Why is it that clients are resistant to the suggestion that requirement definition is the most important, and time and resource intensive, phase of any project? Why do they think that diving right in with the development is a good idea? And why do they think that change control is an optional extra, or unnecessary or even an obstacle to project success? Well, maybe not ALL clients because realisation has slowly been dawning that the requirement is king.
The tools and techniques have been around for years, promoted by, among others, the International Institute of Business Analysis (IIBA); however, I still find myself discussing projects with new clients who think that the 50 page booklet they have produced will guarantee the delivery of the benefits required from a £3 million system implementation! To counter this, while engaged in 2000 by Bovis Lend Lease EMEA to set up a business analysis department, I produced an in-house guide (based on my experience in various organisations) to gathering requirements, to be used in training and mentoring business analysts and those in the business who worked with them. I called it ‘SRS 2000′ and the next 15 years I have found more and more use for it, updating it every year until I arrived at the current version, ‘SRS 2015′.
I recently accepted an invitation to publish my notes as a slim volume on requirement-gathering and this will shortly be available as a pdf file to download from this website in the belief that having had a good look at it you will be in touch to ask us to apply it to your requirements!
Change control is another undervalued area. While talking to the IT manager of an SME recently I was not surprised to hear that “we freeze the specification on day one and that is what we deliver”! Hmm … I came across this a lot 20 years ago and it is less prevalent these days but too many managers still think that the requirements signed off at the start of the project are identical with the system that will finally be delivered. Some of my projects have taken two to three years to complete. Hands up all those who think that, given changing legislation, new technologies, updated business practices and a thousand other factors, the requirements at the end of the project match those at the start … Freeze your spec and you practically guarantee delivery of an obsolescent system that may match the requirements at the start but will not deliver the goods at rollout time.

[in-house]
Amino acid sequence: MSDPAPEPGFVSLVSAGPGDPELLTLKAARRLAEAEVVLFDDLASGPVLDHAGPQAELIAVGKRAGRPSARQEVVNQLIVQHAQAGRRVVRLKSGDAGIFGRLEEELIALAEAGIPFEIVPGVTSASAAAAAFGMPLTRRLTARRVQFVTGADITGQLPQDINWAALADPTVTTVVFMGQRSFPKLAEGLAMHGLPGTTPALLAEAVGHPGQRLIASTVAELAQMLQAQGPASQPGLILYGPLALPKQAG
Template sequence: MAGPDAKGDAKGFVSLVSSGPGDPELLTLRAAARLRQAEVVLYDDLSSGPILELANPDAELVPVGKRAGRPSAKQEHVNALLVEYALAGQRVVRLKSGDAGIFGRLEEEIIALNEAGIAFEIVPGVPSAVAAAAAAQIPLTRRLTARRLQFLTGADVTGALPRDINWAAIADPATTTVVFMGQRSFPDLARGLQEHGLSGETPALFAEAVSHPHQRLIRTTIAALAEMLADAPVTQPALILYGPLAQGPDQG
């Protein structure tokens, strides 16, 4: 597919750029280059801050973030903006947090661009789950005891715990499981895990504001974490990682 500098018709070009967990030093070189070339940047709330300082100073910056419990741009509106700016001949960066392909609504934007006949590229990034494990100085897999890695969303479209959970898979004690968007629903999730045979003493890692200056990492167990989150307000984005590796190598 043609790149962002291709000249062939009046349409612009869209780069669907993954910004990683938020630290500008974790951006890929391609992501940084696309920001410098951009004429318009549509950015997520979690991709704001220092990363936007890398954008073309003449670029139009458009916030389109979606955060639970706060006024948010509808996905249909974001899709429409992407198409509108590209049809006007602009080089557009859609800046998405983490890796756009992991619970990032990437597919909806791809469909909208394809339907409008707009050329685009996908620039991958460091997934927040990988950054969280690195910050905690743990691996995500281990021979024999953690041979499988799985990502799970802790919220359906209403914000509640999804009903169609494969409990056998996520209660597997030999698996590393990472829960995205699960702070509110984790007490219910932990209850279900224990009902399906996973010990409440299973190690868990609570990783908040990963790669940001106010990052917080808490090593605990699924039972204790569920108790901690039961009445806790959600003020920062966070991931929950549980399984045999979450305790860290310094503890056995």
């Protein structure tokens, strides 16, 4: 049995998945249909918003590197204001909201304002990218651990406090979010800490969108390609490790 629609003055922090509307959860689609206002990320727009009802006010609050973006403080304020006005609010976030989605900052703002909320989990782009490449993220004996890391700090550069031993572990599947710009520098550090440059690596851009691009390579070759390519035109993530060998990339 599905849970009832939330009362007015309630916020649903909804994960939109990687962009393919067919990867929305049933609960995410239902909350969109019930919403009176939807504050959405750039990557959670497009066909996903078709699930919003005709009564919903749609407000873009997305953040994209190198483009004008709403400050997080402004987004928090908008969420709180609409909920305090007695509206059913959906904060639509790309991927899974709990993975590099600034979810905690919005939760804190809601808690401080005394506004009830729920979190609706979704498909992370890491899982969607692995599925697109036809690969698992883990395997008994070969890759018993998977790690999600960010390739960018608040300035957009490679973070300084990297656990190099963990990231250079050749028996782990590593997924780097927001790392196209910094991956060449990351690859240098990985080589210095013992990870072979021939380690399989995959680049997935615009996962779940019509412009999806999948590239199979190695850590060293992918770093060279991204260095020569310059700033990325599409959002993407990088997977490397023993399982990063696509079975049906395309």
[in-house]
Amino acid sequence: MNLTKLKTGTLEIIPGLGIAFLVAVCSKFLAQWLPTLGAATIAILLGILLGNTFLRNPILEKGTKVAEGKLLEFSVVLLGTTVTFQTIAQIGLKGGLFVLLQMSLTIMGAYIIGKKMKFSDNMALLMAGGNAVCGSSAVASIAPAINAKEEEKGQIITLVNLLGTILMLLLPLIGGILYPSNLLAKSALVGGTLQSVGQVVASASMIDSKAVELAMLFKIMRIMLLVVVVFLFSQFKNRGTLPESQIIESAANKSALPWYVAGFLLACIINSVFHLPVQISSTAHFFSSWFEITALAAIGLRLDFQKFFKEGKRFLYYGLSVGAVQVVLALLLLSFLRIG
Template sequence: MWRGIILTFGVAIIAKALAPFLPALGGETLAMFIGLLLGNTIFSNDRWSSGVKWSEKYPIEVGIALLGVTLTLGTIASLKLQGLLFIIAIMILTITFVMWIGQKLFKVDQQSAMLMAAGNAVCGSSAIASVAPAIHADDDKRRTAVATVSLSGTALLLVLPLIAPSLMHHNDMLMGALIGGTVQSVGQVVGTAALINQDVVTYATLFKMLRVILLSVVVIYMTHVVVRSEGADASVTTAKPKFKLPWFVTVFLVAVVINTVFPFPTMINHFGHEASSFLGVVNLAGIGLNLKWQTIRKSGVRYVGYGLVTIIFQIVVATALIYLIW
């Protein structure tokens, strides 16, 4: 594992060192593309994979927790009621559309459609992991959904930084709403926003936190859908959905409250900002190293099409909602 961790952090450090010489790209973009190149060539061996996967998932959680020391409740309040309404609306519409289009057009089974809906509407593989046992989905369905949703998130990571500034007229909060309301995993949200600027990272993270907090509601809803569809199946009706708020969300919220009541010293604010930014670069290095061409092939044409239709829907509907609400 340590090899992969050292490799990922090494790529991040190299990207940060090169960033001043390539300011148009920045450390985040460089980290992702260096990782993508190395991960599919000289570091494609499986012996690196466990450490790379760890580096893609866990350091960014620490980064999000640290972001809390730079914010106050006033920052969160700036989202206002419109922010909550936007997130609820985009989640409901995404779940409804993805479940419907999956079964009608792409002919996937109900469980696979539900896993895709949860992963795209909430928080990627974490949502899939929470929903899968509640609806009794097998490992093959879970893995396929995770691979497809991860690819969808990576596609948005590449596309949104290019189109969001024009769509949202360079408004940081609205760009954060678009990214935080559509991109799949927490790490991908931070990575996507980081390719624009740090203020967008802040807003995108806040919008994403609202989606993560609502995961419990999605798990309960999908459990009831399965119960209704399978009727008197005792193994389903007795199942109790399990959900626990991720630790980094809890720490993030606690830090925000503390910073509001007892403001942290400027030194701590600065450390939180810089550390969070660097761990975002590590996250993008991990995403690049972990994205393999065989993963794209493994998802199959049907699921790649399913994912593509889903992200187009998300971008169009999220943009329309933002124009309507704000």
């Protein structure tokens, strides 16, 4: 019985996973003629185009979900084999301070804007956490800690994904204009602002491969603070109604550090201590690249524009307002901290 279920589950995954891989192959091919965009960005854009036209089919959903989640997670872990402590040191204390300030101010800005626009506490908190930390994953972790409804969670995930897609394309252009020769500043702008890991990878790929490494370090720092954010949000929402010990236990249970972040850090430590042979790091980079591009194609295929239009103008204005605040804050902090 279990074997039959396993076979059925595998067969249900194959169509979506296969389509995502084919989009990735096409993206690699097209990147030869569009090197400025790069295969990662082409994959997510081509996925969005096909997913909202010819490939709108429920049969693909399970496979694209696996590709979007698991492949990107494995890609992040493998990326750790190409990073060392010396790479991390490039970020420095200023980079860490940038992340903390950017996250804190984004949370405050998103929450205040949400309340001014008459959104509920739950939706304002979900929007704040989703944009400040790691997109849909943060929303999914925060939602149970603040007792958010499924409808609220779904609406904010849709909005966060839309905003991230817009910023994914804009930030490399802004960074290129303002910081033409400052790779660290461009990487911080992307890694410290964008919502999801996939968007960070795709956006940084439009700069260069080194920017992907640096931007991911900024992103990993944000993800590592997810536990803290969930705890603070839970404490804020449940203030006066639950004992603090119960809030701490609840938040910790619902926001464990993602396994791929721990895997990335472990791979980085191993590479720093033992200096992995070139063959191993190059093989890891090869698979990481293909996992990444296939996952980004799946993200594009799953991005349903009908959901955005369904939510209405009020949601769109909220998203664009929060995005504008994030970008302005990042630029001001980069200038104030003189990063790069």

Change control requires an analyst to capture the change and define it in relation to its impact on the overall requirement in terms of time, money, resources, quality, interfaces to other systems (among other factors) someone with the authority to say whether the change should go ahead, be ignored, modifed or added to a wish list for the next iteration of the system, a budget to pay for the changes and a senior manager to sign off the funds. Sign it off then revamp the project plan which should be regarded as a work in progress. Not easy, but we are here to give you a hand.